That same year the Wales supporters’ team had played a bruising encounter against the Ukrainians but all was forgotten as the teams left the field. The Ukrainian midfielder who had tormented the Welsh defence struggled to pull off his drenched yellow and blue jersey. He had the words ‘White Hooligan’ in old Germanic script tattooed across his belly. And on the back of his neck was a blue cross and a circle, the symbol of white power.

This year though there was no trouble and Eurofan lived up to its slogan, ‘Football, Fun, Friendship.’ At the same caged pitch where I had witnessed naked racism, the red hand of Ulster, Northern Ireland’s flag, flew alongside the Republic’s tricolour while the home-made banners of the Bulgarian and Zenit St Petersburg teams were tied to the fencing behind the other goal. It was a colourful celebration of everyone’s shared passion for football. All the players were there to win but when a team’s numbers were depleted through injury or too much of the local Lvivskyi beer, players from different nations stepped into the breach to make sure there was a full side. ‘Our team should be renamed the United Nations,’ the Wales coach, Neil Dymock, joked. ‘We had two Georgians, a Dane and a couple of Ukrainians play for us.’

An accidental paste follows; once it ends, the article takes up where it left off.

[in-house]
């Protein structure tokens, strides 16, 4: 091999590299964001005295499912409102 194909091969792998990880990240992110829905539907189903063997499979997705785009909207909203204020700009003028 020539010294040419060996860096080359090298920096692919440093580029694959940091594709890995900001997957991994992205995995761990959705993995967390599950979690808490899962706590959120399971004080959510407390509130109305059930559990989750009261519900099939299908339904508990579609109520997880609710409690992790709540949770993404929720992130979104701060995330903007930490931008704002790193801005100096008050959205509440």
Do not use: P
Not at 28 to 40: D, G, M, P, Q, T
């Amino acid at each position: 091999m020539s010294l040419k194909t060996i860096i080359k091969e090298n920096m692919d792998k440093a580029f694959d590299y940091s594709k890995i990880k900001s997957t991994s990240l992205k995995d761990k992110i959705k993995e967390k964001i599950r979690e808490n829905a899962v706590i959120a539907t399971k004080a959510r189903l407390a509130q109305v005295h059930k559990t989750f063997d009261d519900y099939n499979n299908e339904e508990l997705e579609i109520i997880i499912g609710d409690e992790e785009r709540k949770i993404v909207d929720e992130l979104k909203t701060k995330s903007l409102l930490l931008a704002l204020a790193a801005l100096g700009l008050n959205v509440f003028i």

The day’s football over we took up the Swedish fans’ invitation to a midsummer celebration. Players chatted in broken English and sang late into the night. The men from the Republic and Northern Ireland, Russia and Georgia, who on home ground would probably never speak to each other let alone share a drink, swapped shirts and email addresses, forgetting for this week at least, any political differences their countries may have. The vodka flowed, the volume pumped up and then someone lit a flare and, under the pink phosphorescent haze, the young men danced topless to a thumping Euro disco beat.